At the stage pictured above I had to remove four redundant male 'nipples' from the landing gear, as there are no corresponding female parts into which to insert them. Trying to brush paint this area with the green acrylic I'd mixed for the body and wings was a no-go, as it was water thin. So I mixed some Humbrol enamels. It's not an exact match, but it'll do for this model.

I decided to hand paint the inner part of the wheels in red and white, and turn them round - drilling holes all the way through so I could reverse them. This allows me to use the decals on what would have been the inner face.  I can't quite recall why I did this, but there was some rational reason! I think it had to do with the part intended as the outer face being easier to hand-paint in the red and white ring patterns. 

Above, the running gear seen from underneath. Below, seen with the plane on her feet.


First off, happy birthday dad! 

It's both a monday, the day we used to regularly make models together, and his 66th b'day. He's at home recuperating from a triple heart-bypass, and apparently not feeling too well.

Chin up pops, and get well soon!

I found a use for a couple of the 'nipples' I removed from the running gear frame, re-inserting them into the axle-holes, as pictured above.

Oops, I think this pilot's been at the gin!

Today was mostly about decals. I went to Ely City Cycle Centre, and bought some Humbrol Decal-Fix liquid. I really want get Micro Set and Micro Sol. The Humbrol stuff doesn't seem that great. It helps attach the decals, but doesn't really help make them follow the contours of the model.

Nevertheless, as basic a job as I've thus far done, the decals do take it to another place. As these pics show, the decals and paintwork need some finessing - there's the sprue rigging, general tidying up, some detailing, weathering, etc. - and then the whole lot needs varnishing. 

But as my first 'serious' model aeroplane build (the Hasegawa Egg plane, funn as it is/was, doesn't count, somehow) since childhood, I'm happy. I also have a Revell 1/72 Sopwith Tri-plane. Might try and make that as well, before my next teaching term starts.


[1] I also find the relatively recent decision of some manufacturers, Revell amongst them, not to print swastikas, equally annoying. I can understand the issue with the swastika, it's connotations having been so profoundly tainted. Even so, I think it's an unwelcome form of over-sensitive historical Bowdlerisation. But I really can't see why they would do what they've done with the RAF roundel at all. Is there a reason?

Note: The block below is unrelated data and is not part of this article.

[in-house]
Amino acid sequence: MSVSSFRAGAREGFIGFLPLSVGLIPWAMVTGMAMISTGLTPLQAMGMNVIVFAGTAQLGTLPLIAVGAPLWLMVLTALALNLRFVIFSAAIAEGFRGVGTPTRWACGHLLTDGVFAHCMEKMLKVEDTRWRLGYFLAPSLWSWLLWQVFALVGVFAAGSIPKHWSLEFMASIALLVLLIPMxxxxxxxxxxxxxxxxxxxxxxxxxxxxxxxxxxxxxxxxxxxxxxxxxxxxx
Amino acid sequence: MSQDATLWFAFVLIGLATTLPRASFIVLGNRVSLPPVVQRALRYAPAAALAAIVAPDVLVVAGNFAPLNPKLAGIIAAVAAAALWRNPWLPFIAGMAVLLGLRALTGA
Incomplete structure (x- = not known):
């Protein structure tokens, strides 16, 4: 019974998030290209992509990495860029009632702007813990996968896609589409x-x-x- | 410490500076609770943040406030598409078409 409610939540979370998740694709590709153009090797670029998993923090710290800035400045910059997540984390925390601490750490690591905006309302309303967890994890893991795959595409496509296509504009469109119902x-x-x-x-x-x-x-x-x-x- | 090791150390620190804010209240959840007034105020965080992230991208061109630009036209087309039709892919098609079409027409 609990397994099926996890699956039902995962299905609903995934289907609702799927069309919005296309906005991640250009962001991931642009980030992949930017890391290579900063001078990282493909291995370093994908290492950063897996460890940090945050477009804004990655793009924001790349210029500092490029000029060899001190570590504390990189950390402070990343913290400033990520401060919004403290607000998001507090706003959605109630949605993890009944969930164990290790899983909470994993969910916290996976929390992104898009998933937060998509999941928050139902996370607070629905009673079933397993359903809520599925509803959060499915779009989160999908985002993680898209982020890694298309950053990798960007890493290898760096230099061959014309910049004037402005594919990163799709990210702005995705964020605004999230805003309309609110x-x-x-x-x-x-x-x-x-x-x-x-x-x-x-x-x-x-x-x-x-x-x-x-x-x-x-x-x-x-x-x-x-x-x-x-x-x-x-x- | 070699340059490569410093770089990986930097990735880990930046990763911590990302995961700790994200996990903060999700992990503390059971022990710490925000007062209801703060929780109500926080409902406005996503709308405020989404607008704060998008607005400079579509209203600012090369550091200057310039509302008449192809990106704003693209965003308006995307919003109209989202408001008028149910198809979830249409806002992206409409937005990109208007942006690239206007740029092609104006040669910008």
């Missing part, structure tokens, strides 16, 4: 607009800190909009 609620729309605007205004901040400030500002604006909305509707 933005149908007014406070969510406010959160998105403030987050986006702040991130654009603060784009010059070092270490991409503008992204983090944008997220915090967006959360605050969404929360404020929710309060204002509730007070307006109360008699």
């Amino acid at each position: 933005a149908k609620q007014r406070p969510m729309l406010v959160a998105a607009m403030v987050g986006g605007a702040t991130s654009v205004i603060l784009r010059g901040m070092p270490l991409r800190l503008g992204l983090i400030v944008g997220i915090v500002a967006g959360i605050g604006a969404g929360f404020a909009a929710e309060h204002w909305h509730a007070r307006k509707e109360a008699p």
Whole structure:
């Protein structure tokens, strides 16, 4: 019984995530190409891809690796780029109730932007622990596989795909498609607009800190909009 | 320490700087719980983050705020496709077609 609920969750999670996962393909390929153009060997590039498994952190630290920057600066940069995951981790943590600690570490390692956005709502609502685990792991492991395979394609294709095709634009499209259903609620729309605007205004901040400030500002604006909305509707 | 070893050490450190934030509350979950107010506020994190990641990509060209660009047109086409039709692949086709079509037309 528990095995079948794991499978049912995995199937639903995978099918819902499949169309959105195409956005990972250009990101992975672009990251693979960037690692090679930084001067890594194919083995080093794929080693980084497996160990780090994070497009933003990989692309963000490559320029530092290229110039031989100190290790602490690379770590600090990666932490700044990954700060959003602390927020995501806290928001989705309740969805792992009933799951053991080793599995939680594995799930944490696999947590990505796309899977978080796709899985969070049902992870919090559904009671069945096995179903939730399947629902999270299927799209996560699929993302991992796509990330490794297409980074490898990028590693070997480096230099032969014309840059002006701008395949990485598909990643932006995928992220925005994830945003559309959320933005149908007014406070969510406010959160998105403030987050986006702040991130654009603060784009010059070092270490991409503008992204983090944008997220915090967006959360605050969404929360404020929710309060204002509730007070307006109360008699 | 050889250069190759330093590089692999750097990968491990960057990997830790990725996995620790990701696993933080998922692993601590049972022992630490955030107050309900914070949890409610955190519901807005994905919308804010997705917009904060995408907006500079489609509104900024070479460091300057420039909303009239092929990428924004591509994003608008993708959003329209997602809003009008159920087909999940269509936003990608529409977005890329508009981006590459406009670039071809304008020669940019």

1. I think the reason the central red dot for the roundel is separate has to do with the difficulty of printing a perfectly registered decal. I've had many kits where the decals were out of register and it's especially noticeable where you have concentric circles. I'd much rather have the control of placing the central dot myself than trying to deal with a wonky decal that would probably need replacing. Sure, it's an extra step but the human eye is remarkably good at being able to center things.

  2. The separate red dot for the RAF roundel is actually a fairly common trend I've seen among aftermarket decal makers. If I understand correctly the idea being that by putting the red dot over a white background it gives a more vibrant shade of red than having it over a (usually) darker base color.

    1. Thanks for the feedback. another very plausible sounding reason!

  3. Thanks for the feedback people. I have a buddy visiting this coming week, who's a plane modelling specialist. I'm hoping he'll help me with the decals!

    The last plane I built - and indeed the only one since my cack-handed childhood attempts, many, many moons ago - was a Hasegawa Eggplane. I bought it second-hand, at an air show show at Duxford. Heaven knows how old the kit/decals were. They just crumbled when I tried to apply them! I did manage to get the most important ones on to the model, just... but it wasn't easy!

    Hopefully these newer ones will be easier? But I think I might need to master the arts of using that floor polish trick, and also the stuff that makes decals follow the surface of the model.

    There's always so much to learn and improve on!

  4. Regarding the lack of swastikas on decal sheets, I suspect it's primarily an economic matter. In Germany, it's illegal to publish or display the Hakenkreuz swastika symbol except for scholarly purposes. As model-making can't definitively be classed as a scholarly pursuit, model kits likely aren't exempted from the law. So, if Revell or Airfix were to print sheets with swastikas, they couldn't sell those kits in Germany, which is a large market, unless they printed separate sheets just for kits sold in German stores.

    1. Hi Benedict, thanks for joining the conversation, and that's an interesting point that I hadn't thought of! Cheers, Seb